Elevated Liver Function Tests and Life Insurance

One of the most common abnormalities found in the lab work from a life insurance medical exam is elevated liver function tests.

While you may have a good heart, regular blood pressure, and a healthy weight, an elevated liver function test can indicate risk to insurers, leading them to increase the cost of your coverage.

If you’ve been rated by a life insurance company because of your liver enzymes, there may be better options out there.

Don’t feel obligated to take the first offer you get, because chances are, there are better premiums rates out there, even with your condition.

In this post, we’ll walk through everything you need to know about your liver function tests and what the results might mean for your life insurance coverage.

What Are Liver Function Tests?

Elevated Liver Functions Life Insurance

As its name suggests, a liver function test is a blood test that checks to see how well your liver is functioning. It’s a portion of the medical exam that life insurance companies require you to undergo when you apply for coverage with them.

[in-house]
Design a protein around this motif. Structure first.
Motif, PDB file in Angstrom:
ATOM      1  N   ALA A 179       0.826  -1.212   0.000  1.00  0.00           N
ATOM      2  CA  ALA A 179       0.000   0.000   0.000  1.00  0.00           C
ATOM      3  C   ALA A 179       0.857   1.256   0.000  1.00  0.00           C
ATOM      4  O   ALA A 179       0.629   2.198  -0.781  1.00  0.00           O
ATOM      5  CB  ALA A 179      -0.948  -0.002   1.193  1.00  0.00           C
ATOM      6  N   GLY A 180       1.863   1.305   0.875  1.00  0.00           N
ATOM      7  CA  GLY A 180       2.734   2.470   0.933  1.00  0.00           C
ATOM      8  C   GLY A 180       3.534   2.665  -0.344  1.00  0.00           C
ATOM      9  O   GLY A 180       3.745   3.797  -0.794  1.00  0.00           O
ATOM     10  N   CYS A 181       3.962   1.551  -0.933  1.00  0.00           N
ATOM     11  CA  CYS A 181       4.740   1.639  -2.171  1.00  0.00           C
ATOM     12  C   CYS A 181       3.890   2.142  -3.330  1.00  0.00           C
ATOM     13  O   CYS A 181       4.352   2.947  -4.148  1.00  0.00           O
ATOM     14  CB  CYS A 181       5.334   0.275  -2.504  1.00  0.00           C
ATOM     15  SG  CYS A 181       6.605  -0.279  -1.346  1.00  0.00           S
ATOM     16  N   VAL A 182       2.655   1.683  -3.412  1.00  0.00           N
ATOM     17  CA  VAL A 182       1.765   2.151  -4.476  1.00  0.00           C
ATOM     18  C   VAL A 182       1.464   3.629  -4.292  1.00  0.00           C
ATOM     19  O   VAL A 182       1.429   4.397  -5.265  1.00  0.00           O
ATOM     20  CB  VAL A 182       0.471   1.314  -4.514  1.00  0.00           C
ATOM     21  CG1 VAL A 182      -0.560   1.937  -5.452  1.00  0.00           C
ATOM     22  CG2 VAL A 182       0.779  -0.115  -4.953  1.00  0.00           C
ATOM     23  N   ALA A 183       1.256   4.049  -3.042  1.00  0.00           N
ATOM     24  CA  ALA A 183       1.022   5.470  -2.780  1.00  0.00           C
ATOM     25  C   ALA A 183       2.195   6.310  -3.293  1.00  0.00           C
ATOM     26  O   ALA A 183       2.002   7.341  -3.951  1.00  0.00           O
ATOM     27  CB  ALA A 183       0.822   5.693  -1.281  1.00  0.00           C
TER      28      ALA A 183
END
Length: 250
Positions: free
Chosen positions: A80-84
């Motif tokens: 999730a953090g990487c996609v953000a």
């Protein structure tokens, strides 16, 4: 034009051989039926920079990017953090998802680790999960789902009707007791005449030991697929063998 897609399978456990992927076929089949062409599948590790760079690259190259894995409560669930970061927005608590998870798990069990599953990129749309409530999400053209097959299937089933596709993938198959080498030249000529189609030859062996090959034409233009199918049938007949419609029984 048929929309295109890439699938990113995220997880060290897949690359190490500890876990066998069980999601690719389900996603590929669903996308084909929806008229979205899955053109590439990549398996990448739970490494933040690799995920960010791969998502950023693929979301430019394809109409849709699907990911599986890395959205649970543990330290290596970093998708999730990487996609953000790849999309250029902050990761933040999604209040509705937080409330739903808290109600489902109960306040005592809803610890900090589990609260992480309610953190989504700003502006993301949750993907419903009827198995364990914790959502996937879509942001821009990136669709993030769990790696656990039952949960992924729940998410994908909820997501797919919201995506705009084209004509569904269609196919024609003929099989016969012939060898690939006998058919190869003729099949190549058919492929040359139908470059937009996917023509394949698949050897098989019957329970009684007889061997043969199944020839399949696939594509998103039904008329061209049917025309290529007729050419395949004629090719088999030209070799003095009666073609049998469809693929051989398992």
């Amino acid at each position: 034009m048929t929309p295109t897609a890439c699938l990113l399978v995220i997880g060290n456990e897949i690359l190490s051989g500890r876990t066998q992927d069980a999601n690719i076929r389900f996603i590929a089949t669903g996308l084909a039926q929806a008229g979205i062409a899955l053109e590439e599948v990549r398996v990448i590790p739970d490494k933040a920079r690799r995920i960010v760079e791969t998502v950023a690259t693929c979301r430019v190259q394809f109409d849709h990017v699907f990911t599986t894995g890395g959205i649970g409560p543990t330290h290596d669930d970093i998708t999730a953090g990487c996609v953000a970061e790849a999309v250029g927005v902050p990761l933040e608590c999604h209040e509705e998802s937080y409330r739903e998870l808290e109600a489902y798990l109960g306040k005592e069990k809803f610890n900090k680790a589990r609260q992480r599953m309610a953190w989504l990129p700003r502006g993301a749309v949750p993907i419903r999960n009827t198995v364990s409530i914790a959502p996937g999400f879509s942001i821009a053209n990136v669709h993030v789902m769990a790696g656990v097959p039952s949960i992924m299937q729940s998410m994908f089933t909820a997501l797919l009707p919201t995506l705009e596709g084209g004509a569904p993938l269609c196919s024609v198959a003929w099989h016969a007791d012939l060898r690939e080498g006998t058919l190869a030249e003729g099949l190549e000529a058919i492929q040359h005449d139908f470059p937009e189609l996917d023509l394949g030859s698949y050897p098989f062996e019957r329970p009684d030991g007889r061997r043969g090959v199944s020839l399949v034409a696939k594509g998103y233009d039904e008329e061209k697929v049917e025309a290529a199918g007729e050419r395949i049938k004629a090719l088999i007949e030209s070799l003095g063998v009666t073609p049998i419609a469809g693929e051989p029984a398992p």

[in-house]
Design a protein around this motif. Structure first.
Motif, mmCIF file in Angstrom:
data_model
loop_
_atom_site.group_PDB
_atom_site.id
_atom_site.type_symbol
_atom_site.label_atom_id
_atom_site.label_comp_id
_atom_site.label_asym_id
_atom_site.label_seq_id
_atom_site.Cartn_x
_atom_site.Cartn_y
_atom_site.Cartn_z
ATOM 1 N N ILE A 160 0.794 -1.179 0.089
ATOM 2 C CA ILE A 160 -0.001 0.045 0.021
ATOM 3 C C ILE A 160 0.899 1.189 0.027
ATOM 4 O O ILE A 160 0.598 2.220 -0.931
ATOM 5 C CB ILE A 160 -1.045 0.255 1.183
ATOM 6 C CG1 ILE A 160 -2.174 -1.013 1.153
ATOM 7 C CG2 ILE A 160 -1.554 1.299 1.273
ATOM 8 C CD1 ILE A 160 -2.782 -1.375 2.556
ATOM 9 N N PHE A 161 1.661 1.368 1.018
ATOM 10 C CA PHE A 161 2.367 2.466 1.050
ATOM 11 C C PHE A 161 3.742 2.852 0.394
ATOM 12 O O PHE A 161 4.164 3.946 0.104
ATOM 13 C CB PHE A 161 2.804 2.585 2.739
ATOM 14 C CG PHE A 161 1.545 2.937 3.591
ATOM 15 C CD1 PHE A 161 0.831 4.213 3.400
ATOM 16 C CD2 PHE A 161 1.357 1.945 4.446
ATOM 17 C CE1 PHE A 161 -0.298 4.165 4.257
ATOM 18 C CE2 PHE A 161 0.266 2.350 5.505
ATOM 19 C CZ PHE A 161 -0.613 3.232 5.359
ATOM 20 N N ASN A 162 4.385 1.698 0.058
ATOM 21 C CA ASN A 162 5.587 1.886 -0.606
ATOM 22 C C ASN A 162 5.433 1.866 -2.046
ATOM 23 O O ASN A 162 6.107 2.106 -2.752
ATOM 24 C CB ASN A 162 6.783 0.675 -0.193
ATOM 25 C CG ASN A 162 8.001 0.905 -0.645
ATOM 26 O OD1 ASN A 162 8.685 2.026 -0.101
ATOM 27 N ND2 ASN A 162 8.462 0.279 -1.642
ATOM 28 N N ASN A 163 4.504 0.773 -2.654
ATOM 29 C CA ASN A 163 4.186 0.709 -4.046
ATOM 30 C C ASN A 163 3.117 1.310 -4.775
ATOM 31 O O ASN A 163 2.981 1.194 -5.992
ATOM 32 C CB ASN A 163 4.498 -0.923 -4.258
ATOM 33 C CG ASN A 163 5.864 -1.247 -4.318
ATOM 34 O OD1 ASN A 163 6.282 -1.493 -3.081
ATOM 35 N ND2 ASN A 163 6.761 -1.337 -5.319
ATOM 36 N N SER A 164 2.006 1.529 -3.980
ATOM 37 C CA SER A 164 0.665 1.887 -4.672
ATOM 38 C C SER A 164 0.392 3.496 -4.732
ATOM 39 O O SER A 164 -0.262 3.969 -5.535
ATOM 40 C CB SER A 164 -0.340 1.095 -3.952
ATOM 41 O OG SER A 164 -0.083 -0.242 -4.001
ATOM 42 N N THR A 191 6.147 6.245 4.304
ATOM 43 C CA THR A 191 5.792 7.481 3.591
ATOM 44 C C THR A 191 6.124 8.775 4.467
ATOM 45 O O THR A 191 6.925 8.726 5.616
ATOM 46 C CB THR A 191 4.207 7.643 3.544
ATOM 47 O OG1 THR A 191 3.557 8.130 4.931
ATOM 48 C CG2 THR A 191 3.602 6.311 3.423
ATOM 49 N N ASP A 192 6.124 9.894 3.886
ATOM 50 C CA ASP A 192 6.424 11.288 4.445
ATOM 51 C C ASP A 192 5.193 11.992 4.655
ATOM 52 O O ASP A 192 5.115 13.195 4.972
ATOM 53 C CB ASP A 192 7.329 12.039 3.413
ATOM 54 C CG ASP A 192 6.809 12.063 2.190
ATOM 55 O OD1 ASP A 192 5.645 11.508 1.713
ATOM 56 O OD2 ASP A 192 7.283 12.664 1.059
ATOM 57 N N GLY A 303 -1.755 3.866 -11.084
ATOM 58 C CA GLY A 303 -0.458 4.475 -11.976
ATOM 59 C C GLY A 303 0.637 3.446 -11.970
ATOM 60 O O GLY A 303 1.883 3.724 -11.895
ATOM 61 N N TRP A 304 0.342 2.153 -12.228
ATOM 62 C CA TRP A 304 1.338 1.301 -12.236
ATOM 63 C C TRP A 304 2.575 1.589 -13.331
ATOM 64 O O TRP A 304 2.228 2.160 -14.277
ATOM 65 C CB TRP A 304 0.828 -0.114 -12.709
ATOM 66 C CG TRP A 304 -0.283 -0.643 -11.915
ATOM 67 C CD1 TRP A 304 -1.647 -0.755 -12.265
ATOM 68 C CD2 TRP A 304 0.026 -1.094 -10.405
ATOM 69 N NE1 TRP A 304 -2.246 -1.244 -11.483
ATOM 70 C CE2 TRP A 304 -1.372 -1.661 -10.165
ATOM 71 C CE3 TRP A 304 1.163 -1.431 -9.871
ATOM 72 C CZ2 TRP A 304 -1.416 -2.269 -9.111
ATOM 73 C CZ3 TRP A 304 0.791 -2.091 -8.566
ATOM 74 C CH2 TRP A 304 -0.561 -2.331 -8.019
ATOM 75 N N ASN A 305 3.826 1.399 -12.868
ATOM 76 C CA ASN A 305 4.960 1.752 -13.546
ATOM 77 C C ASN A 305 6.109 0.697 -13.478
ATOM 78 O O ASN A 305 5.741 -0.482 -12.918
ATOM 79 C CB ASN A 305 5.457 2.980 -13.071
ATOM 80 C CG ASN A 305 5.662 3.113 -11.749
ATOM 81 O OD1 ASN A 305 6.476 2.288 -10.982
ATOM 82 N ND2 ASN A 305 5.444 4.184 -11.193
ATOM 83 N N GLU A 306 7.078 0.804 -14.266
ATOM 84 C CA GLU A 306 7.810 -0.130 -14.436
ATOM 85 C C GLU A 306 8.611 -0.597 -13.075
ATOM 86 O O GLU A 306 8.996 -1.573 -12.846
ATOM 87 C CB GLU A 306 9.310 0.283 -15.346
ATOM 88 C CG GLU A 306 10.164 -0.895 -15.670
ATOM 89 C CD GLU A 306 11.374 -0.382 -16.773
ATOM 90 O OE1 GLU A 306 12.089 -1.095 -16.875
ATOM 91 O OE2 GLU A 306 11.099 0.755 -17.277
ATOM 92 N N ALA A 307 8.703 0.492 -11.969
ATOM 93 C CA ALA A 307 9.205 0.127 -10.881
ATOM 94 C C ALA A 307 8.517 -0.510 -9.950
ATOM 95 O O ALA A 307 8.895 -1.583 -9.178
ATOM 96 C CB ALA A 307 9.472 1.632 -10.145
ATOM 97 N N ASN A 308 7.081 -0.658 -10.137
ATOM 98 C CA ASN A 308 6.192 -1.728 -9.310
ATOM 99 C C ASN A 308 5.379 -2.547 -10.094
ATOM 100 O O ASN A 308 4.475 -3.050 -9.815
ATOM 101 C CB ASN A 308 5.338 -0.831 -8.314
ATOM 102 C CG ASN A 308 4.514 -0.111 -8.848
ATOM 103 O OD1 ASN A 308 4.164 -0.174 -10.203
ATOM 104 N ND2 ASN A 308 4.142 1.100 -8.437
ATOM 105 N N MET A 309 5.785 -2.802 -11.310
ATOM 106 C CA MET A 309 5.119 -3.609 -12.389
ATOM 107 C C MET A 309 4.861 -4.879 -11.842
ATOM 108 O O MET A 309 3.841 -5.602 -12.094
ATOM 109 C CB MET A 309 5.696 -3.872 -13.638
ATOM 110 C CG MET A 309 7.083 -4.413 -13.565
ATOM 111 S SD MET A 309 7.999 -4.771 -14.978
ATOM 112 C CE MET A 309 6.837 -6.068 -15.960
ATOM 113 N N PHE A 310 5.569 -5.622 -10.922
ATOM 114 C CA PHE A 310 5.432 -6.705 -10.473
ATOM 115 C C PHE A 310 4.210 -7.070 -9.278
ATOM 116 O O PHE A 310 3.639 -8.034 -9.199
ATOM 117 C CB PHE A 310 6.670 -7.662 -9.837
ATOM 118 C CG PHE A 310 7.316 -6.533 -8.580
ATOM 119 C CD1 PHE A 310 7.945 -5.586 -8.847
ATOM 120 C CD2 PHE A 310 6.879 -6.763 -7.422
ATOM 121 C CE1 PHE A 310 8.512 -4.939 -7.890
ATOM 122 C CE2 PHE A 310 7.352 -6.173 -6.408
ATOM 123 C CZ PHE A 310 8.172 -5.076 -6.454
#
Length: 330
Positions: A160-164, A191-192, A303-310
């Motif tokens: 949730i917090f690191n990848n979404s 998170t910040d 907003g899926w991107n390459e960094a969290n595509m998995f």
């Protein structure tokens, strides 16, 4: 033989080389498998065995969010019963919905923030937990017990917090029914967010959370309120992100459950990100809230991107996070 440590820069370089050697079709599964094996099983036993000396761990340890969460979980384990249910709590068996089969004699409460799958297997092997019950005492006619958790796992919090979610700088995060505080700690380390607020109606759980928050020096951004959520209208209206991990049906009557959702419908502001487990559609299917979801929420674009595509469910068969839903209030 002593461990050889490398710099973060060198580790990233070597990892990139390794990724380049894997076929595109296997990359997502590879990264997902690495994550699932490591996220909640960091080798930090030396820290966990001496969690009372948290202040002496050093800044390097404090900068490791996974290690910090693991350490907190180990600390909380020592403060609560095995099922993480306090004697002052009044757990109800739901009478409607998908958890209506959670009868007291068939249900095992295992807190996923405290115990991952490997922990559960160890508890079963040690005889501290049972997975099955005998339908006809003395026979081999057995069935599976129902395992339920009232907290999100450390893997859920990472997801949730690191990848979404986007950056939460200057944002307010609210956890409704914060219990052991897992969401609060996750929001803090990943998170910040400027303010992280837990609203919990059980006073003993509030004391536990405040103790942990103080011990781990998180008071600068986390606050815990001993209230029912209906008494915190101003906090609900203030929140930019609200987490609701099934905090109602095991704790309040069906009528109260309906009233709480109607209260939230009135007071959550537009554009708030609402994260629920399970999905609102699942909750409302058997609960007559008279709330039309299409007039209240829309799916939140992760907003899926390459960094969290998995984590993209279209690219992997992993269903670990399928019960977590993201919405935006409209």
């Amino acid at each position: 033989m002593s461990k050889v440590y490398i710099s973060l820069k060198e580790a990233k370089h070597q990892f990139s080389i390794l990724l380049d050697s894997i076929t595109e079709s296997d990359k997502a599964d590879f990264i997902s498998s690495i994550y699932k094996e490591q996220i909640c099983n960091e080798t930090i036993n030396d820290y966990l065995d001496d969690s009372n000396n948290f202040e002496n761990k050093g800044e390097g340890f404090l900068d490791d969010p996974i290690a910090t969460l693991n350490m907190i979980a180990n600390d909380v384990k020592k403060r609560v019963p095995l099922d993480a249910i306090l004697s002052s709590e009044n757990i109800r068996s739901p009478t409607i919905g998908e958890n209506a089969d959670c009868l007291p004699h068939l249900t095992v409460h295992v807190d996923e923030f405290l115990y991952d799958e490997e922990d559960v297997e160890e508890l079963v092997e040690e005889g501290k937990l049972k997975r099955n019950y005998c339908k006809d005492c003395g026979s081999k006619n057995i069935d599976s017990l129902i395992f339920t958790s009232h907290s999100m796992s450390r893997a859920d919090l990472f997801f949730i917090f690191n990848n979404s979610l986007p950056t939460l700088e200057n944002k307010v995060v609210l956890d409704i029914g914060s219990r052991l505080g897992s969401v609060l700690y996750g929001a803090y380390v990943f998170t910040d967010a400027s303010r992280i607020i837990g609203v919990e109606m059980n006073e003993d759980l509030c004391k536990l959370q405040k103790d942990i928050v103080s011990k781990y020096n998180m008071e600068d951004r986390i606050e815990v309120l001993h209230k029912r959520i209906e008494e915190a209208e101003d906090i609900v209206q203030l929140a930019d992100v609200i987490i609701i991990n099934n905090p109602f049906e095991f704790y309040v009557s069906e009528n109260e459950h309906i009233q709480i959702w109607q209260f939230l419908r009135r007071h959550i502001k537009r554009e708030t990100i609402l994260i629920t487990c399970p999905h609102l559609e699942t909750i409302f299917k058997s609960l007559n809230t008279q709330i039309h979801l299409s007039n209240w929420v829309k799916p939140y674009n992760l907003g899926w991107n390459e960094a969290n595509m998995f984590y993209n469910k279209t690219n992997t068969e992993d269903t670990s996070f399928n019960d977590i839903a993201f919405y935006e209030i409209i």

It’s important to note that there are exam-free policies out there, but those policies will have higher premiums as the risk of insuring you is higher.

Depending on your situation, a no medical exam policy may be your best option, but you should hold off until you read the info below.

You might be surprised at the premiums you can get with elevated liver function test results. It all depends on your specific case.

In order to assess how well your liver is operating, the test looks at the levels of specific elements such as albumin, bilirubin, total protein, liver enzymes, and your body’s prothrombin time, which tests how quickly your blood clots.

An excess amount of bilirubin could result in jaundice, an indicator of liver problems.

Elevations in SGOT (or AST) and SGPT (or ALT), the liver enzymes referenced above, are typically caused by liver damage which allows these enzymes to be released out of the cells.